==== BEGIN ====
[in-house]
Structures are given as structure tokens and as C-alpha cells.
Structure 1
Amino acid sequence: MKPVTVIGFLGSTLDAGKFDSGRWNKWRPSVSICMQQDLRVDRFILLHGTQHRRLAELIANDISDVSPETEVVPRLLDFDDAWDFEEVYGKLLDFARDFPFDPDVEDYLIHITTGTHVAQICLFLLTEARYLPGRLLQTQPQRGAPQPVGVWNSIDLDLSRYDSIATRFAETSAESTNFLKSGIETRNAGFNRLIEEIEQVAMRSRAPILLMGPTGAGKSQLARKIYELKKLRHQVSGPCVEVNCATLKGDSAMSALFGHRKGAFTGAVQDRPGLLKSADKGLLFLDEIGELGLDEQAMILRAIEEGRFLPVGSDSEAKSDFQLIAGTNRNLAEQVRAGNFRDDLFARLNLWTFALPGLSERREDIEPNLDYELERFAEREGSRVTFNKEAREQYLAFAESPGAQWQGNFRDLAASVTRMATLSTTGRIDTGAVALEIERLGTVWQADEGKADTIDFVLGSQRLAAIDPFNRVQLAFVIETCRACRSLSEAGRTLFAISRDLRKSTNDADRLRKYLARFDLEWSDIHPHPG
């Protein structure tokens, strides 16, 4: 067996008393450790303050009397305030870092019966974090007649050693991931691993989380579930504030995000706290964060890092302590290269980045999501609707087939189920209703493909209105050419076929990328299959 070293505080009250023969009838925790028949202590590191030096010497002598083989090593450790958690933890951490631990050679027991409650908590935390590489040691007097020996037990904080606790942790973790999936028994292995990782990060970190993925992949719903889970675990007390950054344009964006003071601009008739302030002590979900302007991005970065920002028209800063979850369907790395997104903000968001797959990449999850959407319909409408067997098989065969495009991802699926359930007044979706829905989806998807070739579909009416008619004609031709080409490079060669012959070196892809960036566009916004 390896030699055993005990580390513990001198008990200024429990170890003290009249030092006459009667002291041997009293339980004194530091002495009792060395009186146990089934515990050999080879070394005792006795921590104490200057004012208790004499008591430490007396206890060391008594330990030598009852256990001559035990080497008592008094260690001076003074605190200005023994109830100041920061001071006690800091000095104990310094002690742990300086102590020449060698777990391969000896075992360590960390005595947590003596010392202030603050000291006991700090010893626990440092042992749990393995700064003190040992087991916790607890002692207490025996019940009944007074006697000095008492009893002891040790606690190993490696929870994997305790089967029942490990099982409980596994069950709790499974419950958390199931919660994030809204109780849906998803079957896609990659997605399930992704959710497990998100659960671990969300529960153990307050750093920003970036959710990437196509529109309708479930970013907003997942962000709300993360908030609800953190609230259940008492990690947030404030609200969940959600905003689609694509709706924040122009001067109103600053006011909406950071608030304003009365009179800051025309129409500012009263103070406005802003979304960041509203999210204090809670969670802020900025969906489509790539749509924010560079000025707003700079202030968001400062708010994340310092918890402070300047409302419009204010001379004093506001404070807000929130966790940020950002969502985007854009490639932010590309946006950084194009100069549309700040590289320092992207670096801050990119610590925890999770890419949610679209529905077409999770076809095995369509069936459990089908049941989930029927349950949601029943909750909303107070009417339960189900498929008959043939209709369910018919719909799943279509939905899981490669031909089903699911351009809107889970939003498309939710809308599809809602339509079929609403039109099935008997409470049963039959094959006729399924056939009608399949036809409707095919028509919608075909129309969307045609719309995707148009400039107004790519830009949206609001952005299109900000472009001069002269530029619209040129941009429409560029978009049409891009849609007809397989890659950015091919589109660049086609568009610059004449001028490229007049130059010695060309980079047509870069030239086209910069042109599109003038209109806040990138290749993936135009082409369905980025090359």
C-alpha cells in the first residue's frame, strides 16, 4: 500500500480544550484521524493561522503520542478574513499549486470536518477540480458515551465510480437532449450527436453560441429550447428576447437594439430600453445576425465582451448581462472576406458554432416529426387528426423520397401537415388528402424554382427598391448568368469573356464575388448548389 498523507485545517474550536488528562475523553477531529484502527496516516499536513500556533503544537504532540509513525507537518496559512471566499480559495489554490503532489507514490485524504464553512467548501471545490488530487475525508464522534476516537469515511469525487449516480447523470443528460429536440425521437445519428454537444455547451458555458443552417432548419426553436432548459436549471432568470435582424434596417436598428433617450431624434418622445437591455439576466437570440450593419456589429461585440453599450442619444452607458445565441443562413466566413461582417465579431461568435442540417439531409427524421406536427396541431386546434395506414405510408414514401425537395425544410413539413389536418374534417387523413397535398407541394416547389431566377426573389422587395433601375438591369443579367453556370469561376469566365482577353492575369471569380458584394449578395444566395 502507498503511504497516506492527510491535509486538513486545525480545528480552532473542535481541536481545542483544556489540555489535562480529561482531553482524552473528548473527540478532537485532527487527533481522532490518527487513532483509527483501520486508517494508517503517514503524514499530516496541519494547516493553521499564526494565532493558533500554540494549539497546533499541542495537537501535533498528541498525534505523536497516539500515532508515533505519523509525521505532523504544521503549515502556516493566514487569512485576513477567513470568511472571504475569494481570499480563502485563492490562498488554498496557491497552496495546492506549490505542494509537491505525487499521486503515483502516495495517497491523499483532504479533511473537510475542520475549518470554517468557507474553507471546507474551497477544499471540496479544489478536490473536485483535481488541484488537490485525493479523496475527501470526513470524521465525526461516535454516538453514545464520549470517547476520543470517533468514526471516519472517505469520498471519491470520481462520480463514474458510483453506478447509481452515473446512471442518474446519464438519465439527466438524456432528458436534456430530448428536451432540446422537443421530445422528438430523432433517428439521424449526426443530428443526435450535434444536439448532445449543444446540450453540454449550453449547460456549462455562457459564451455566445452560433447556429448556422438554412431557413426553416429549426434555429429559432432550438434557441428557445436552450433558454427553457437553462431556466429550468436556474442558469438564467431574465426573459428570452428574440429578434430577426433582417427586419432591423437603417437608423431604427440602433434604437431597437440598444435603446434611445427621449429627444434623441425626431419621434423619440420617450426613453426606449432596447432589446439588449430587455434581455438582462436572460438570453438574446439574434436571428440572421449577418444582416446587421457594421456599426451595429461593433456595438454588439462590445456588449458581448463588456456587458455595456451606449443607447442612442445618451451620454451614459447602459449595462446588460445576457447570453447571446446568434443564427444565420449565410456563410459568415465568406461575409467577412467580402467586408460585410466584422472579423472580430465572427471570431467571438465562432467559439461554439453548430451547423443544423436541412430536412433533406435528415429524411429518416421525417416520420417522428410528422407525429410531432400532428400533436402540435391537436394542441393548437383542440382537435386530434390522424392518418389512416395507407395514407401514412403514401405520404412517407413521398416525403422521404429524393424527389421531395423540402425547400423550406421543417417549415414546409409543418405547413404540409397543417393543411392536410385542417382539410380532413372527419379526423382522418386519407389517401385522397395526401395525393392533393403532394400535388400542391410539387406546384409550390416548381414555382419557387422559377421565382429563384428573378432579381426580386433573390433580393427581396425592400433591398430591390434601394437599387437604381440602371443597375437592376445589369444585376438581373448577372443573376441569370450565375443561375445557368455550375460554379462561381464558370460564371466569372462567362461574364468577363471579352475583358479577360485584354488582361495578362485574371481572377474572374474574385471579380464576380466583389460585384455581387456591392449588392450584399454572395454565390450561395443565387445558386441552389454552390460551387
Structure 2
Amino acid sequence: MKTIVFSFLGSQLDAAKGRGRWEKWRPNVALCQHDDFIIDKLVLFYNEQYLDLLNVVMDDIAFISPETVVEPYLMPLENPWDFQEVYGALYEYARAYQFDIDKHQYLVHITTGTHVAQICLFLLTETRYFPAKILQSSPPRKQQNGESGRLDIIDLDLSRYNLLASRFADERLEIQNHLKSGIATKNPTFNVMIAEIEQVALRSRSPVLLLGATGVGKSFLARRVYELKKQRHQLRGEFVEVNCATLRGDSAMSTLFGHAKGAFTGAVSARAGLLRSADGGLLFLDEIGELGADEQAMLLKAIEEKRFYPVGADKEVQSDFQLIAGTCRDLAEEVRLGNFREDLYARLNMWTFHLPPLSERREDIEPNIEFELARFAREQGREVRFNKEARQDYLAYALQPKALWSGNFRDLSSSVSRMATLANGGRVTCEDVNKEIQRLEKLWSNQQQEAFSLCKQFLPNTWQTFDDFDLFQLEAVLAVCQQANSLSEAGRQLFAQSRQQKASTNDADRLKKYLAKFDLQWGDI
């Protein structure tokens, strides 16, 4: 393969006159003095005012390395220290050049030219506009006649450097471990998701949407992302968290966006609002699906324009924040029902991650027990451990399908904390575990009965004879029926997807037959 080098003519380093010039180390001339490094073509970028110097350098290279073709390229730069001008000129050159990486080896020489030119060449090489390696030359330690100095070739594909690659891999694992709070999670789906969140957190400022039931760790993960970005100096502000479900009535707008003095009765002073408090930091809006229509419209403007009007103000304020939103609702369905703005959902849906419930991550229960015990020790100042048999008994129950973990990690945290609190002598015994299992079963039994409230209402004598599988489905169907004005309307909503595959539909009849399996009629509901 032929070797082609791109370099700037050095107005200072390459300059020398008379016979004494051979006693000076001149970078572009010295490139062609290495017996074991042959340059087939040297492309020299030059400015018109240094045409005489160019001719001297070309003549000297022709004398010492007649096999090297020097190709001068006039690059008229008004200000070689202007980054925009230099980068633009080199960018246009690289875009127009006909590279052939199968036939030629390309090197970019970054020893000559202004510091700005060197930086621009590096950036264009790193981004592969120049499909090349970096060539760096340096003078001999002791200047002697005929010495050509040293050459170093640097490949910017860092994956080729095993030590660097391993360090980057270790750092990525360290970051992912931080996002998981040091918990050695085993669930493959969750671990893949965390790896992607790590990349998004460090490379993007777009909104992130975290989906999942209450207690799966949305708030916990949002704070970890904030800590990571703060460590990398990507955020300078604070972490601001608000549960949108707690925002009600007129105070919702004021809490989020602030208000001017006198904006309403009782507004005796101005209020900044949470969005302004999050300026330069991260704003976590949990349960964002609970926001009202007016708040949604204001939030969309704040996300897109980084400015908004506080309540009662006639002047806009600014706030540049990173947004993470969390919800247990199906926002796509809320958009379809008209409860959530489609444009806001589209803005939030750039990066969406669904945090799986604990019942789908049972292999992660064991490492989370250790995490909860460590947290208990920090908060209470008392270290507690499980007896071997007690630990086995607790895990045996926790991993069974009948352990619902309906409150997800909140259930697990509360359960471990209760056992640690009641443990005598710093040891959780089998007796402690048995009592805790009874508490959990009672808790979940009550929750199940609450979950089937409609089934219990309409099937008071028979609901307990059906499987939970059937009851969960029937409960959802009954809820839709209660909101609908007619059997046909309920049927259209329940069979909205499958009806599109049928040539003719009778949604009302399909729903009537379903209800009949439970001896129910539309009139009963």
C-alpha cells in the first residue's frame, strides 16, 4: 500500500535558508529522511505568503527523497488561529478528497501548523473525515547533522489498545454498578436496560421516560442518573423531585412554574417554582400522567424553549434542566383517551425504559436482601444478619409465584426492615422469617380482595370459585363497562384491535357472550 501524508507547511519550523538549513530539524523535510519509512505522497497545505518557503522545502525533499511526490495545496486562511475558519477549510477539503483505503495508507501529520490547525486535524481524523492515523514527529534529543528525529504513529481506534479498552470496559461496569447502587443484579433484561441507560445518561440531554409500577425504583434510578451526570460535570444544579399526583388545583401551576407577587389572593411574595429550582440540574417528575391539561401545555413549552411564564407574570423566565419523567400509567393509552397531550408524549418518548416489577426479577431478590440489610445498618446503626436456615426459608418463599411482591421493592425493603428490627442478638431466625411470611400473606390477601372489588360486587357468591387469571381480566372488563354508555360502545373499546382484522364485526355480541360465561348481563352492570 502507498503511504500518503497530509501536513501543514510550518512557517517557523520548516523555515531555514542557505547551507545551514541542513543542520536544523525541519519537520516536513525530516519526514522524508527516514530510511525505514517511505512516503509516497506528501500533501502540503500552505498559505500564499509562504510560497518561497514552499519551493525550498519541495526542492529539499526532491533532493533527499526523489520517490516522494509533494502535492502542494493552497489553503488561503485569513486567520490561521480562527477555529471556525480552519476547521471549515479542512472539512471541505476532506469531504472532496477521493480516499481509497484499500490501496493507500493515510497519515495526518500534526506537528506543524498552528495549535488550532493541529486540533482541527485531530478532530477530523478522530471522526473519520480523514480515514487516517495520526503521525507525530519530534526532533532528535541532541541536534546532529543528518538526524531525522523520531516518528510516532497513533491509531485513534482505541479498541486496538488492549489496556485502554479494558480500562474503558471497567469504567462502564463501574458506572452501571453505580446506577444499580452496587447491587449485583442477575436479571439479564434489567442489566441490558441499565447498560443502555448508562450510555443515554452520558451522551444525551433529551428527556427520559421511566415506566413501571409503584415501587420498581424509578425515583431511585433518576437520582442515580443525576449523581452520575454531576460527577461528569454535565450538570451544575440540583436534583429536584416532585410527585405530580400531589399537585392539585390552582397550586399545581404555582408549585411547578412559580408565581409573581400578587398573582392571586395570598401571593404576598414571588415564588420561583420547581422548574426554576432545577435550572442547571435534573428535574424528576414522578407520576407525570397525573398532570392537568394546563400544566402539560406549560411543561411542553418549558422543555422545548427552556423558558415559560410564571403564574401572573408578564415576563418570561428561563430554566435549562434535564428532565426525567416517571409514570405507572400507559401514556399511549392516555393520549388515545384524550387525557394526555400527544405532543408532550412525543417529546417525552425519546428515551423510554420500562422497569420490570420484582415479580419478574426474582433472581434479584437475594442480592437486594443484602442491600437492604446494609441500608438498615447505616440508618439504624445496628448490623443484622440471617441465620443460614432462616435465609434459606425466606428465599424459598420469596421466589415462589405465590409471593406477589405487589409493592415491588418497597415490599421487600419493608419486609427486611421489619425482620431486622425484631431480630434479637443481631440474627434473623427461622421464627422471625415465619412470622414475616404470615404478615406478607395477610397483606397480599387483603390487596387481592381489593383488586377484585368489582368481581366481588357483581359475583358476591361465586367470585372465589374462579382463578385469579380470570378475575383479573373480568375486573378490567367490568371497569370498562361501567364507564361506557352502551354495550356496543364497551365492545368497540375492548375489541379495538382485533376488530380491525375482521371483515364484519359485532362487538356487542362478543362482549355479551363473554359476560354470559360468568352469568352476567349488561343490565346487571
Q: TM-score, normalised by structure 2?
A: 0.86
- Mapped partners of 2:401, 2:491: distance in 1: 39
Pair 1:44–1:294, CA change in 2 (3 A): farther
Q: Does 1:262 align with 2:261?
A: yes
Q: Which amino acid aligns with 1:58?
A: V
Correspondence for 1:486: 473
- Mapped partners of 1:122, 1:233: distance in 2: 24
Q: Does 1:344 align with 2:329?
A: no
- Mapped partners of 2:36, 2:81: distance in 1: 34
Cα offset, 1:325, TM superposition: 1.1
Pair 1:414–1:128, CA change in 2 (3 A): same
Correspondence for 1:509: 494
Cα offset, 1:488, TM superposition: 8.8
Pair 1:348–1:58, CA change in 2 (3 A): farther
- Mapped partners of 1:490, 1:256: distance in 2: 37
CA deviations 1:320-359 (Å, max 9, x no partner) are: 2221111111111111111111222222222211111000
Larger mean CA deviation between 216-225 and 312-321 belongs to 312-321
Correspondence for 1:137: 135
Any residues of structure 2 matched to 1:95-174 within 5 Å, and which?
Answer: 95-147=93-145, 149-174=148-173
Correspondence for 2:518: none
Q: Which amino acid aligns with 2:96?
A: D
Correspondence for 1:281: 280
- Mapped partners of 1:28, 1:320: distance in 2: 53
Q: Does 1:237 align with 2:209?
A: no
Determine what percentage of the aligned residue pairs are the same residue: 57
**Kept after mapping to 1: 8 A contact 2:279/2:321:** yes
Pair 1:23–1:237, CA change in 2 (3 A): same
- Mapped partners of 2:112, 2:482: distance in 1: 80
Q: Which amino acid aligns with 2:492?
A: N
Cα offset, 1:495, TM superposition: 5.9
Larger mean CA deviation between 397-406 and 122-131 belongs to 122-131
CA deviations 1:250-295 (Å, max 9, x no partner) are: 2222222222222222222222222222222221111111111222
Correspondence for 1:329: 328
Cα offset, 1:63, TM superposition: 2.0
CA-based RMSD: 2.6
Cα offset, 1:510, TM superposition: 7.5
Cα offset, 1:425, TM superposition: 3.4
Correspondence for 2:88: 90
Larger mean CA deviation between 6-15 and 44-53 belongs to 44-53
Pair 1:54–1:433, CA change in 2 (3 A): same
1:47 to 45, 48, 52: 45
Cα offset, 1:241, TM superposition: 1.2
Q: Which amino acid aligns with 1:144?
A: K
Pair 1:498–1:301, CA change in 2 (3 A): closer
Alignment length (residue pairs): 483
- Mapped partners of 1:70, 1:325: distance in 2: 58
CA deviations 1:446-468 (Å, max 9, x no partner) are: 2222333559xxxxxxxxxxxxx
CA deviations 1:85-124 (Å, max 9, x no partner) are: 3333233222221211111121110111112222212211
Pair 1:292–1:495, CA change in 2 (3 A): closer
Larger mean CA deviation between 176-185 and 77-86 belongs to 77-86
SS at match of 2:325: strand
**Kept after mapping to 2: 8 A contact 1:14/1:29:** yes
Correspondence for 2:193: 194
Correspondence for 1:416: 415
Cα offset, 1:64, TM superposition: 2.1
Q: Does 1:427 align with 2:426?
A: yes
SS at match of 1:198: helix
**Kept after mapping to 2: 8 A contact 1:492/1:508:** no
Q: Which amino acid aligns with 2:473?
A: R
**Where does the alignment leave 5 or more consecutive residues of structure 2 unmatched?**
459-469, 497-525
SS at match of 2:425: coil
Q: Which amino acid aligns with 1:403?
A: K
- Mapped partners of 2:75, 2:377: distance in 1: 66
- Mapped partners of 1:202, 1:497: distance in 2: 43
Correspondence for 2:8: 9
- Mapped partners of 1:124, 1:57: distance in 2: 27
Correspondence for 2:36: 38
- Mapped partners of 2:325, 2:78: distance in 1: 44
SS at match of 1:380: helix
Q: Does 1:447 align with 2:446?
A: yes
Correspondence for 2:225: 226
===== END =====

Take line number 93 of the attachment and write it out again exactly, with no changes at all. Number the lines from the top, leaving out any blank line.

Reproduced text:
Q: Does 1:447 align with 2:446?